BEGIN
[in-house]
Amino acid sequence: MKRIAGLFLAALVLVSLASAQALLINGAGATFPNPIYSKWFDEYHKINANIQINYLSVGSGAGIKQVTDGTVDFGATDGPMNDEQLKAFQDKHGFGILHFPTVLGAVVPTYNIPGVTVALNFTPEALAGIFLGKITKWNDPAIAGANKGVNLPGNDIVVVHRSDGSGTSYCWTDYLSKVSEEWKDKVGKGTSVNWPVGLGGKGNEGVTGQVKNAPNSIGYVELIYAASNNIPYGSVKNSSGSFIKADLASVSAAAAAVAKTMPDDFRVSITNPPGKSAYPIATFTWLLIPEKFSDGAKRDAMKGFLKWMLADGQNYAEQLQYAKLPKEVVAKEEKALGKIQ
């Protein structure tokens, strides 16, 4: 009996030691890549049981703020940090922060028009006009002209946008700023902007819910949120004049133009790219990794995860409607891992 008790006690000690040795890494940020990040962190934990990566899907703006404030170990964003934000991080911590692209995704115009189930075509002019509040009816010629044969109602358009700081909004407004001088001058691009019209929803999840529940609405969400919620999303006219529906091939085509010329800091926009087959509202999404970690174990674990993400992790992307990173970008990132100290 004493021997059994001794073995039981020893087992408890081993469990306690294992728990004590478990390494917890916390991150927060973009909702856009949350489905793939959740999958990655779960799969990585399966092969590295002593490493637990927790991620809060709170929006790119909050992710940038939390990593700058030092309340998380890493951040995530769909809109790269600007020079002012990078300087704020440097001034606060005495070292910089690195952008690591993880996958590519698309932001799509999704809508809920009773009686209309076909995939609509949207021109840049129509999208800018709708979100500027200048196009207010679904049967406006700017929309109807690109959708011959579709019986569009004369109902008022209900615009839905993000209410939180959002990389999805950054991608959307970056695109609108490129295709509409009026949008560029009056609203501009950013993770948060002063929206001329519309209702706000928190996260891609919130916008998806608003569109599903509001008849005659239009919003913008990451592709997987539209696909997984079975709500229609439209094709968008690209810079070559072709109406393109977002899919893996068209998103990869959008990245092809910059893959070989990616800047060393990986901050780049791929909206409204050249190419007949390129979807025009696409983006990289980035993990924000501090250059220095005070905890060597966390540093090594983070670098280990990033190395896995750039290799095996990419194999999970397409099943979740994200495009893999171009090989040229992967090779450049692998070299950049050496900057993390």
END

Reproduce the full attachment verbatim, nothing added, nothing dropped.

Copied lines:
[in-house]
Amino acid sequence: MKRIAGLFLAALVLVSLASAQALLINGAGATFPNPIYSKWFDEYHKINANIQINYLSVGSGAGIKQVTDGTVDFGATDGPMNDEQLKAFQDKHGFGILHFPTVLGAVVPTYNIPGVTVALNFTPEALAGIFLGKITKWNDPAIAGANKGVNLPGNDIVVVHRSDGSGTSYCWTDYLSKVSEEWKDKVGKGTSVNWPVGLGGKGNEGVTGQVKNAPNSIGYVELIYAASNNIPYGSVKNSSGSFIKADLASVSAAAAAVAKTMPDDFRVSITNPPGKSAYPIATFTWLLIPEKFSDGAKRDAMKGFLKWMLADGQNYAEQLQYAKLPKEVVAKEEKALGKIQ
């Protein structure tokens, strides 16, 4: 009996030691890549049981703020940090922060028009006009002209946008700023902007819910949120004049133009790219990794995860409607891992 008790006690000690040795890494940020990040962190934990990566899907703006404030170990964003934000991080911590692209995704115009189930075509002019509040009816010629044969109602358009700081909004407004001088001058691009019209929803999840529940609405969400919620999303006219529906091939085509010329800091926009087959509202999404970690174990674990993400992790992307990173970008990132100290 004493021997059994001794073995039981020893087992408890081993469990306690294992728990004590478990390494917890916390991150927060973009909702856009949350489905793939959740999958990655779960799969990585399966092969590295002593490493637990927790991620809060709170929006790119909050992710940038939390990593700058030092309340998380890493951040995530769909809109790269600007020079002012990078300087704020440097001034606060005495070292910089690195952008690591993880996958590519698309932001799509999704809508809920009773009686209309076909995939609509949207021109840049129509999208800018709708979100500027200048196009207010679904049967406006700017929309109807690109959708011959579709019986569009004369109902008022209900615009839905993000209410939180959002990389999805950054991608959307970056695109609108490129295709509409009026949008560029009056609203501009950013993770948060002063929206001329519309209702706000928190996260891609919130916008998806608003569109599903509001008849005659239009919003913008990451592709997987539209696909997984079975709500229609439209094709968008690209810079070559072709109406393109977002899919893996068209998103990869959008990245092809910059893959070989990616800047060393990986901050780049791929909206409204050249190419007949390129979807025009696409983006990289980035993990924000501090250059220095005070905890060597966390540093090594983070670098280990990033190395896995750039290799095996990419194999999970397409099943979740994200495009893999171009090989040229992967090779450049692998070299950049050496900057993390």